Bankruptcy Advisers Are Frantically Busy, Just Not in Court, Yet
(Bloomberg) -- The global pause in business that’s pushing companies to the brink of failure hasn’t yet caused a spike in bankruptcies. It will.
Business filings for February and March are likely to come in lower than last year, according to the American Bankruptcy Institute. That won’t last as efforts to combat the Covid-19 pandemic keep businesses closed across the U.S. and hundreds of millions of consumers under stay-at-home restrictions.
Some companies, especially retailers, have good tactical reasons for delaying the inevitable. Others are waiting to see if a promised, $2 trillion federal government stimulus will save them. And some can’t scrape together enough cash to pay for a Chapter 11 case, where top attorneys and financial advisers routinely charge more than $1,000 an hour.
A wave of new bankruptcy filings may begin as early as April, followed by a spike in consumer cases in June or July, said Ed Flynn, a consultant with ABI who studies bankruptcy statistics.
“People are getting together with attorneys and doing all the paperwork,” said Flynn, who spent 30 years with the administrative arm of the federal court system and the Office of the U.S. Trustee, the bankruptcy watchdog for the Department of Justice. “There is going to be some lag.”
While the courts are quiet, the preparations have bankruptcy professionals as busy as they have been in years, but it’s hard to run a going-out-of-business sale or estimate the proceeds when shoppers are being told to stay at home.
“Distressed situations are ramping up more quickly now than they did in 2008,” said Rachel Strickland, co-chair of the bankruptcy practice at Willkie Farr & Gallagher LLP. “Any company that was already on the edge is now at the tipping point.”
Filing bankruptcy quickly allows companies to halt most debt payments and other non-essential spending, which is why lawyers usually push clients not to delay. For many businesses, a rush to Chapter 11 may not be possible now.
“This cycle is going to be different,” said bankruptcy lawyer Karol Denniston of Squire Patton Boggs. “If you look at sectors being hardest hit, it’s hard to imagine we’re going to be able to sell all the hotels that had to shut down during this process.”
Retailers have the best reasons to wait as long as possible to seek court protection. Because of the way rent and leases are treated under the bankruptcy code, chains with lots of stores have less time than an oil company or other business has to reorganize. In the current environment, it may be easier to fight landlords outside of bankruptcy, said Mitchel Friedman, senior vice president at RCS Real Estate Advisors, which works with retailers.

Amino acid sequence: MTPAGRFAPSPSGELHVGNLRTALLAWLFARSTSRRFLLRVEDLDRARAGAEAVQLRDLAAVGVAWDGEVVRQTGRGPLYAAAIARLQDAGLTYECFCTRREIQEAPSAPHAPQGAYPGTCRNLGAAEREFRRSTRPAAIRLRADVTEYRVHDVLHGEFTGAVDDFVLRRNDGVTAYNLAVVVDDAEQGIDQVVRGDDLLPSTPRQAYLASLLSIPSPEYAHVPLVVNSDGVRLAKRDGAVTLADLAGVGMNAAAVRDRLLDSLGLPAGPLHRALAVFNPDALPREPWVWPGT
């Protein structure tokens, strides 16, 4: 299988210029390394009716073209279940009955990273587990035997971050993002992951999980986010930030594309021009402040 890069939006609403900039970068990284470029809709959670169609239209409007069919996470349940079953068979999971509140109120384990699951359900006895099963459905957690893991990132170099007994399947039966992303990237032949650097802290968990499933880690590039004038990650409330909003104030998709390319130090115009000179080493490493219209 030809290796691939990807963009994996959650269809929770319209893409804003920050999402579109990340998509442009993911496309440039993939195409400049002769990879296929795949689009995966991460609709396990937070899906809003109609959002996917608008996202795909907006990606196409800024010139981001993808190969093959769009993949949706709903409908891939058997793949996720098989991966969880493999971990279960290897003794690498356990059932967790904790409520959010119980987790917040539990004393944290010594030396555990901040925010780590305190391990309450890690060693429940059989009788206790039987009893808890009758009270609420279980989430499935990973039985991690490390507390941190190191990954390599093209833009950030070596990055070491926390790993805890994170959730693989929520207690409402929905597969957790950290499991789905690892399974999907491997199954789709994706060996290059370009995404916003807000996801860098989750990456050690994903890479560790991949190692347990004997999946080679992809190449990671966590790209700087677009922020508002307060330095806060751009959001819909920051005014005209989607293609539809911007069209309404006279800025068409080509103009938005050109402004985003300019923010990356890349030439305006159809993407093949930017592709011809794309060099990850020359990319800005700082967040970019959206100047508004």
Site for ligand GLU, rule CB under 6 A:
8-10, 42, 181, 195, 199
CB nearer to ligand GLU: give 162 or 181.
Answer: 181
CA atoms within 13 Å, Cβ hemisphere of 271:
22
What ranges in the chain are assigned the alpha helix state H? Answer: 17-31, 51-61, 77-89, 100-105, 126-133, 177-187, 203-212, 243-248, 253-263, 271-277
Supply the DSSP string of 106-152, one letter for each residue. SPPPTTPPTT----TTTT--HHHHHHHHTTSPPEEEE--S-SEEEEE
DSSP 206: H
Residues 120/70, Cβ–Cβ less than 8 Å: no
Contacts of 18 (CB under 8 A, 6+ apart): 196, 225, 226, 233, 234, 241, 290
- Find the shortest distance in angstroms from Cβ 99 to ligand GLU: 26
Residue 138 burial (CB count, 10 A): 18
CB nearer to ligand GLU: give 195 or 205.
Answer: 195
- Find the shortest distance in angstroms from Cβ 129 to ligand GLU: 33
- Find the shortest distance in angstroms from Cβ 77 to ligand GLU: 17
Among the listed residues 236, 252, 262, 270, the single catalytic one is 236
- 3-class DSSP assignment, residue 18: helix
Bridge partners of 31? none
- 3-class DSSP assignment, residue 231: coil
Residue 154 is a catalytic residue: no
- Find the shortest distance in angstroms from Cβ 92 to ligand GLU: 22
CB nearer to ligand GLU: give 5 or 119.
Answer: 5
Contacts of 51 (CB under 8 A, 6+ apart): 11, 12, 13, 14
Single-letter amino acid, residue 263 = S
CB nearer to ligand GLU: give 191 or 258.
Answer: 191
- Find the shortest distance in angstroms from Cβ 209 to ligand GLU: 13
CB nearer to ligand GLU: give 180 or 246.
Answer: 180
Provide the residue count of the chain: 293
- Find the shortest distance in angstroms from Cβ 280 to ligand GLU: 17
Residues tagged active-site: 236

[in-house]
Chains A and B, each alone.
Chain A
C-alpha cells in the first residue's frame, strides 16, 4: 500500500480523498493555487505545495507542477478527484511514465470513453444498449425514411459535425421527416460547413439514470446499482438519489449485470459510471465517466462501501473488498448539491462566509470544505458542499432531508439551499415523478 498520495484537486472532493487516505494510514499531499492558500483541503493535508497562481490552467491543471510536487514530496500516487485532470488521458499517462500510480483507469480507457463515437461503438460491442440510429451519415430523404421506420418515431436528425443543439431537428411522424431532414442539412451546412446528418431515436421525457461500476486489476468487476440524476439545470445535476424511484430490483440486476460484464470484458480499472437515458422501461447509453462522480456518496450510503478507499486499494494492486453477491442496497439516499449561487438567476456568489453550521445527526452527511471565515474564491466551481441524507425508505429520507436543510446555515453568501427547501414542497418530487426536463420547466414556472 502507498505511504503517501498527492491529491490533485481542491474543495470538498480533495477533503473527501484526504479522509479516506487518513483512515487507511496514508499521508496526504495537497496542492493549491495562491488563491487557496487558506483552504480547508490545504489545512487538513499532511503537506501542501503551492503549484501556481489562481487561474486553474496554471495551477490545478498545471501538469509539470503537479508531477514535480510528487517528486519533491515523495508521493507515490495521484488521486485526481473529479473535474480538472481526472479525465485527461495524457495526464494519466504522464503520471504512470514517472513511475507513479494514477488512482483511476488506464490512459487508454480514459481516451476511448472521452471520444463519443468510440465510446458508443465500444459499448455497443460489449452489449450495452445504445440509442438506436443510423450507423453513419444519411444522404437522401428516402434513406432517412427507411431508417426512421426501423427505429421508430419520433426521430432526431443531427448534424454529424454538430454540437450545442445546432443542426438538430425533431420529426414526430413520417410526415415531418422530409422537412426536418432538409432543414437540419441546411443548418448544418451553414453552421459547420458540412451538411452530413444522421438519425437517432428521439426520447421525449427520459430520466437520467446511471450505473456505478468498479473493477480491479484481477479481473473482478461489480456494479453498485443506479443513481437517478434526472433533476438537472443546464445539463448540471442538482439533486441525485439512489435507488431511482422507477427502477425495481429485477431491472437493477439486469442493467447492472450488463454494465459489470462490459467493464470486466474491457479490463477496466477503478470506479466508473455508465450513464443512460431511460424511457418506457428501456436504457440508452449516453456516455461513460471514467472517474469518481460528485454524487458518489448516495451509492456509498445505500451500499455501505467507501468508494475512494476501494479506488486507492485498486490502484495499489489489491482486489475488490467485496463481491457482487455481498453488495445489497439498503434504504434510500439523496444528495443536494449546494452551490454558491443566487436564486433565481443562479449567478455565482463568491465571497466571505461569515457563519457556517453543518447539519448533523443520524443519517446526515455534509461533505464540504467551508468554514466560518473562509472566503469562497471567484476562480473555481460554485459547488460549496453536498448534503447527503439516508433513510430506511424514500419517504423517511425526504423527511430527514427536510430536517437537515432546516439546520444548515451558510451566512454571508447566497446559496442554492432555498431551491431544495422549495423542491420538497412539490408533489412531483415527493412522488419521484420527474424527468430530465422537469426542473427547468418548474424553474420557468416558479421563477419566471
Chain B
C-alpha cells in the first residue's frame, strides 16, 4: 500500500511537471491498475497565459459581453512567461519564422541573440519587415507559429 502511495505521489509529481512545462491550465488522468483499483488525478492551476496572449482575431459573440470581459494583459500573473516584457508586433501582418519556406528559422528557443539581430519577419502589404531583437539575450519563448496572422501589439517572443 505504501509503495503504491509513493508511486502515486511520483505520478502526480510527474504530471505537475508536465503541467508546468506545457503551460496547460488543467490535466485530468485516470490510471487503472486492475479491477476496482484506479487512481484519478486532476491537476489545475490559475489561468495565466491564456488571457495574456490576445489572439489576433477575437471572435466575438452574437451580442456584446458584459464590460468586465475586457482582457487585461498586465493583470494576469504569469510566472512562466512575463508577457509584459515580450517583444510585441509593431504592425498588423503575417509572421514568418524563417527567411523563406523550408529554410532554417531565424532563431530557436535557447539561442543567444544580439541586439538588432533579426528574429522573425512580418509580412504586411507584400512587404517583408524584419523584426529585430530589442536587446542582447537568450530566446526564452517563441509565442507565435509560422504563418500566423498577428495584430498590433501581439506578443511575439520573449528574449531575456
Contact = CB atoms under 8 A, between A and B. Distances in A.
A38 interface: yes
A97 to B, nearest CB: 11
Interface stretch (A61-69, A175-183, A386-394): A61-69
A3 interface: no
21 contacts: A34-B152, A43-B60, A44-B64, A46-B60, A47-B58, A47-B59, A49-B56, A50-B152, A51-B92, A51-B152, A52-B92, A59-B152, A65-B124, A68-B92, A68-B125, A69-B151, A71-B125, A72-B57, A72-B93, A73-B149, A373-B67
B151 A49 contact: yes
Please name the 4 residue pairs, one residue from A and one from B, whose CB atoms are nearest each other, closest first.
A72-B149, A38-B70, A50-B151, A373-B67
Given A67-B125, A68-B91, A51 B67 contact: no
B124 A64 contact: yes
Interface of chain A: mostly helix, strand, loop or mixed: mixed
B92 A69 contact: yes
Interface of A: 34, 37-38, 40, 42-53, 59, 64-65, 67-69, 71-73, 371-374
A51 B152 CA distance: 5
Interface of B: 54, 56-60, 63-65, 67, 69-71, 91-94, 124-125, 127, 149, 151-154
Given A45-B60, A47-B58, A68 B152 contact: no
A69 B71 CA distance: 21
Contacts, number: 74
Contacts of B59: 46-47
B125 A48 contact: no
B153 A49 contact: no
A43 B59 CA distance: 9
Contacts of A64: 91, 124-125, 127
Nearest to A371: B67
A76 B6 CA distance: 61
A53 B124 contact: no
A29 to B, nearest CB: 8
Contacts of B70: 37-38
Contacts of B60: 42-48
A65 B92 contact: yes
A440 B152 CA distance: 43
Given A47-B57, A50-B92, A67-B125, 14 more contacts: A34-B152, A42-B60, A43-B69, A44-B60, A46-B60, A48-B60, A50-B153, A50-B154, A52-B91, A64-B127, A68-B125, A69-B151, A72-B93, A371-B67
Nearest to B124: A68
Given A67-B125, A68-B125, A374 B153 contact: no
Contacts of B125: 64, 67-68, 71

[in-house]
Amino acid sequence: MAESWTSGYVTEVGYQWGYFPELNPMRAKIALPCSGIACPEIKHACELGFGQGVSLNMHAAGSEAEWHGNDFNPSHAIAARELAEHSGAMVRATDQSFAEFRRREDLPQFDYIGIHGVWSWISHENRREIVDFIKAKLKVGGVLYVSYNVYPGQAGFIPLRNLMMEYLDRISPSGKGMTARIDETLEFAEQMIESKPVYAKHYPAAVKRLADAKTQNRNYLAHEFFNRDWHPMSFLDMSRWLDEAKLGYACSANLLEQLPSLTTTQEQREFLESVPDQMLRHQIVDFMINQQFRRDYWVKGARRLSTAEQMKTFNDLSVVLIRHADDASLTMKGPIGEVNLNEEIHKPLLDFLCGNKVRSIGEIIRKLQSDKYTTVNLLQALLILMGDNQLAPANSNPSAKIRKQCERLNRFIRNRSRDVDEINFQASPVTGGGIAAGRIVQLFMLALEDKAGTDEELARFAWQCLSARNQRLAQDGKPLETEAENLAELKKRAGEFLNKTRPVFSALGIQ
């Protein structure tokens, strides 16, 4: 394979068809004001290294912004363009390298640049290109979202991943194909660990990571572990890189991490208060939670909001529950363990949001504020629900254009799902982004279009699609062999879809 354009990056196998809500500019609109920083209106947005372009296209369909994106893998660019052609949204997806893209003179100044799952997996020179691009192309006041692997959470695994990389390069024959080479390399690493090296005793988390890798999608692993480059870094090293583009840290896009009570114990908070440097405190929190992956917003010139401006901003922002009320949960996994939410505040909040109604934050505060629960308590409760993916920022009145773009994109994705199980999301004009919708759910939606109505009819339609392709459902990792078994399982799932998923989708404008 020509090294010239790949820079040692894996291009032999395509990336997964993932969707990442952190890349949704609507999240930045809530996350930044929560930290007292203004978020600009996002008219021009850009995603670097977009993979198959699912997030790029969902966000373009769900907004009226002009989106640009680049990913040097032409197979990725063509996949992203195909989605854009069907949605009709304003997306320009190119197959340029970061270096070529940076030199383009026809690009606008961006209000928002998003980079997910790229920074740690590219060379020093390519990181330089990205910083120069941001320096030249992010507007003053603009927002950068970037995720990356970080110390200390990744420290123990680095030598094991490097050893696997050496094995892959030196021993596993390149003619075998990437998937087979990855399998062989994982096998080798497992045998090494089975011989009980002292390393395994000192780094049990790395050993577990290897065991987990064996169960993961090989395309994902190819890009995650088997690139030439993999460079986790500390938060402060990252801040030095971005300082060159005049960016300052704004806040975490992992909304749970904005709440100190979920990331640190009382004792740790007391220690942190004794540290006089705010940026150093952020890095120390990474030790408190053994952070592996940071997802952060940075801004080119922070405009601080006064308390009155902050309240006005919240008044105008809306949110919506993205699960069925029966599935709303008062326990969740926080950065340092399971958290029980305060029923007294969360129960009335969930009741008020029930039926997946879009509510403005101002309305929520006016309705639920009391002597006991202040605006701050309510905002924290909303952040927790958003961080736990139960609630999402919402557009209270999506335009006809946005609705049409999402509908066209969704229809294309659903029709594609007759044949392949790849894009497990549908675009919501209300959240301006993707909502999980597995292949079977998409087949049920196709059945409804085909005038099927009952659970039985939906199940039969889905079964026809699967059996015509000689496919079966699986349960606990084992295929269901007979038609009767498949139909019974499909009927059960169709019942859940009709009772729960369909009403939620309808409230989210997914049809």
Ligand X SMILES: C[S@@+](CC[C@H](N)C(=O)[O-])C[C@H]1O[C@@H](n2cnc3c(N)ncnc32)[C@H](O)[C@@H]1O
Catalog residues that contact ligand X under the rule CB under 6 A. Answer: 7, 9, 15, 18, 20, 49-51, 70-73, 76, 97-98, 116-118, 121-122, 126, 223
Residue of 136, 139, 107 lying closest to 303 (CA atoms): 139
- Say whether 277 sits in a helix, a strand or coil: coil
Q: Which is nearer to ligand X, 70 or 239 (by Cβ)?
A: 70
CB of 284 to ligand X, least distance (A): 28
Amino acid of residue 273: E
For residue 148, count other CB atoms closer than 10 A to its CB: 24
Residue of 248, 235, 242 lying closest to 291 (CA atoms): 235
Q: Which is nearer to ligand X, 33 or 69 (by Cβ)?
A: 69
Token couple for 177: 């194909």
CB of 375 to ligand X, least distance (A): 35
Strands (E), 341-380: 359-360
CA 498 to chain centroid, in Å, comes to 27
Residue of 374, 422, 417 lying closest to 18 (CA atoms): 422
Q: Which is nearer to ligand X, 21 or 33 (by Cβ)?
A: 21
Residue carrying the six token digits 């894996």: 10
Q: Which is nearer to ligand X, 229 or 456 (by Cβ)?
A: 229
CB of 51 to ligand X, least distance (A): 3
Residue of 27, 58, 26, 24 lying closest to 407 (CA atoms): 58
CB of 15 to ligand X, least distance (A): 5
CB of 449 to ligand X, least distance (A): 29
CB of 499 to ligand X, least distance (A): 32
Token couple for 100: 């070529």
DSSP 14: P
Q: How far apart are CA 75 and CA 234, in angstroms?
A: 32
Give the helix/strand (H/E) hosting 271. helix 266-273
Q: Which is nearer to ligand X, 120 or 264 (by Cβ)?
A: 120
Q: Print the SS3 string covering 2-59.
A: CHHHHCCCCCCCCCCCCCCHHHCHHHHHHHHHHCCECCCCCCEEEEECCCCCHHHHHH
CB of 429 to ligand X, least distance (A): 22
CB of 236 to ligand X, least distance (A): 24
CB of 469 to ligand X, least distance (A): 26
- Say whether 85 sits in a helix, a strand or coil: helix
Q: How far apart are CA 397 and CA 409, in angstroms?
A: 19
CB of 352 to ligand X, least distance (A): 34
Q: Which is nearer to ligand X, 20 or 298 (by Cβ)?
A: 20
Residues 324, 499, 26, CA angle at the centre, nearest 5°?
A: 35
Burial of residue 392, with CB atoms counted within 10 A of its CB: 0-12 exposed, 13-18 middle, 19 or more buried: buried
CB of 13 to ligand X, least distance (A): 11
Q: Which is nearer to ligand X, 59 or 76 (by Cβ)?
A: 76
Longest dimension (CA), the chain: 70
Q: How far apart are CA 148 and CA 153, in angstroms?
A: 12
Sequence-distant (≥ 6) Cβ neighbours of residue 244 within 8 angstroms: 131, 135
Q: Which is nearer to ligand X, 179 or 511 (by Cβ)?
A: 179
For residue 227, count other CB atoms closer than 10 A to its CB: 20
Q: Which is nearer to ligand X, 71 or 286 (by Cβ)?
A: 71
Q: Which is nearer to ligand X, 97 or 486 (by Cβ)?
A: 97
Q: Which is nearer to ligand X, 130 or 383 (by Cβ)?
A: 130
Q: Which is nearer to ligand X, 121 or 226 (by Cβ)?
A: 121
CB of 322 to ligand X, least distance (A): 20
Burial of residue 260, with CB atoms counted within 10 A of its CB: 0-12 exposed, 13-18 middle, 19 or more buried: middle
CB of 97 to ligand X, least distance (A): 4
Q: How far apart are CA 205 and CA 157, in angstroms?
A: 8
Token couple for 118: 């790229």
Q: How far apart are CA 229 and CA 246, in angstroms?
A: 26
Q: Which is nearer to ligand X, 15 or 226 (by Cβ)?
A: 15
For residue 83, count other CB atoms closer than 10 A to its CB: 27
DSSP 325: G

“From a rent perspective, you’re in a worse position,” by filing, Friedman said. If tenants simply withhold rent, landlords could go to court to compel them to pay, but right now, “every retailer in America and every landlord is in the same position” and it would be hard to enforce, he said.
Companies may also delay filing because the lenders that fund reorganizations with so-called debtor-in-possession loans, are holding back, said Sarah Borders, a bankruptcy attorney at King & Spalding LLP in Atlanta. Bankruptcy lenders make loans backed by assets that can be liquidated if all reorganization efforts fail.
“How do you monetize the assets in this environment, and how do you do it within the time frame permitted by the bankruptcy code, and how do you induce a lender to fund that?” Borders said.
Even healthy companies are struggling to raise enough cash to survive the current turmoil, Strickland said. Many are drawing as much as they can from their revolving credit accounts, much like a consumer who takes a cash advance on a credit card.
Uncertainty is also stalling filings, Flynn said. In recent years, many companies have spent months negotiating with creditors and restructuring their financing before going to court. Those pre-packaged bankruptcies will be harder to arrange because there are so many unknowns about how the current economic crisis will play out, Flynn said.
“It will hard to get multiple parties to agree to something,” Flynn said. “Nobody has a real good picture. That makes it hard to get a deal.”
Companies should proceed cautiously, because a hasty decision now could cost them when they do file for bankruptcy, said Adam Paul, with the Mayer Brown LLP law firm. For example, if a board rushes to sell or trade away a valuable asset without the proper due diligence, creditors can sue, claiming the move was a fraudulent transfer, even if the company was trying to save itself.
“Board processes and governance is extremely important in this environment,” Paul said.
The biggest unknown is what happens when restrictions lift and daily life shifts more toward normal. It’s not clear, for businesses that survive, how their battered customers will behave, Borders said.
“We don’t know what the psyche of the U.S. consumer will be,” she said.
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